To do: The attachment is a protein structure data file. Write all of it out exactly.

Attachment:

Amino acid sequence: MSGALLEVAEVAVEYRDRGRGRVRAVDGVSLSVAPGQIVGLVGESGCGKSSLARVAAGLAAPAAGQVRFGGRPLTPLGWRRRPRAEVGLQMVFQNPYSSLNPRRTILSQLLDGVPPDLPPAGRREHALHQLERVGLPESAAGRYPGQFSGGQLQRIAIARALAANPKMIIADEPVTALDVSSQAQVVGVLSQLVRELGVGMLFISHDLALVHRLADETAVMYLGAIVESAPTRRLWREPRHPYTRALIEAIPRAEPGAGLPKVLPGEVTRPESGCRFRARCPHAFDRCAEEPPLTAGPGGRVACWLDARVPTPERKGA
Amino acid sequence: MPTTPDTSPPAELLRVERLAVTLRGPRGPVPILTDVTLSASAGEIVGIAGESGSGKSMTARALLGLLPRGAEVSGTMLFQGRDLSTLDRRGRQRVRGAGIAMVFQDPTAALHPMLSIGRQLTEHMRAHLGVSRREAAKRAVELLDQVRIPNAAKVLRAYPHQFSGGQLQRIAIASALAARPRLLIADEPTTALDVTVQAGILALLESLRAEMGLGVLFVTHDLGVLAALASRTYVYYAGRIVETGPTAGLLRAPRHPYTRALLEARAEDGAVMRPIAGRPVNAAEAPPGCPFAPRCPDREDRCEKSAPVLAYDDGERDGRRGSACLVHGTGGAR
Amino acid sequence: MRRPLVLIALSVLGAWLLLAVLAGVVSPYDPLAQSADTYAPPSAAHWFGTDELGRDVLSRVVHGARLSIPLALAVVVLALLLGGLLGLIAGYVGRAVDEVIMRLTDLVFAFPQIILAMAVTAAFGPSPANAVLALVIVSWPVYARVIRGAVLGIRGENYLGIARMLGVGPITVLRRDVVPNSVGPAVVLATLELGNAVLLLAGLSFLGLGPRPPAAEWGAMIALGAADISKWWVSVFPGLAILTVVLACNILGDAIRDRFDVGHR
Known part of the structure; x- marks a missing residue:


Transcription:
Amino acid sequence: MSGALLEVAEVAVEYRDRGRGRVRAVDGVSLSVAPGQIVGLVGESGCGKSSLARVAAGLAAPAAGQVRFGGRPLTPLGWRRRPRAEVGLQMVFQNPYSSLNPRRTILSQLLDGVPPDLPPAGRREHALHQLERVGLPESAAGRYPGQFSGGQLQRIAIARALAANPKMIIADEPVTALDVSSQAQVVGVLSQLVRELGVGMLFISHDLALVHRLADETAVMYLGAIVESAPTRRLWREPRHPYTRALIEAIPRAEPGAGLPKVLPGEVTRPESGCRFRARCPHAFDRCAEEPPLTAGPGGRVACWLDARVPTPERKGA
Amino acid sequence: MPTTPDTSPPAELLRVERLAVTLRGPRGPVPILTDVTLSASAGEIVGIAGESGSGKSMTARALLGLLPRGAEVSGTMLFQGRDLSTLDRRGRQRVRGAGIAMVFQDPTAALHPMLSIGRQLTEHMRAHLGVSRREAAKRAVELLDQVRIPNAAKVLRAYPHQFSGGQLQRIAIASALAARPRLLIADEPTTALDVTVQAGILALLESLRAEMGLGVLFVTHDLGVLAALASRTYVYYAGRIVETGPTAGLLRAPRHPYTRALLEARAEDGAVMRPIAGRPVNAAEAPPGCPFAPRCPDREDRCEKSAPVLAYDDGERDGRRGSACLVHGTGGAR
Amino acid sequence: MRRPLVLIALSVLGAWLLLAVLAGVVSPYDPLAQSADTYAPPSAAHWFGTDELGRDVLSRVVHGARLSIPLALAVVVLALLLGGLLGLIAGYVGRAVDEVIMRLTDLVFAFPQIILAMAVTAAFGPSPANAVLALVIVSWPVYARVIRGAVLGIRGENYLGIARMLGVGPITVLRRDVVPNSVGPAVVLATLELGNAVLLLAGLSFLGLGPRPPAAEWGAMIALGAADISKWWVSVFPGLAILTVVLACNILGDAIRDRFDVGHR
Known part of the structure; x- marks a missing residue: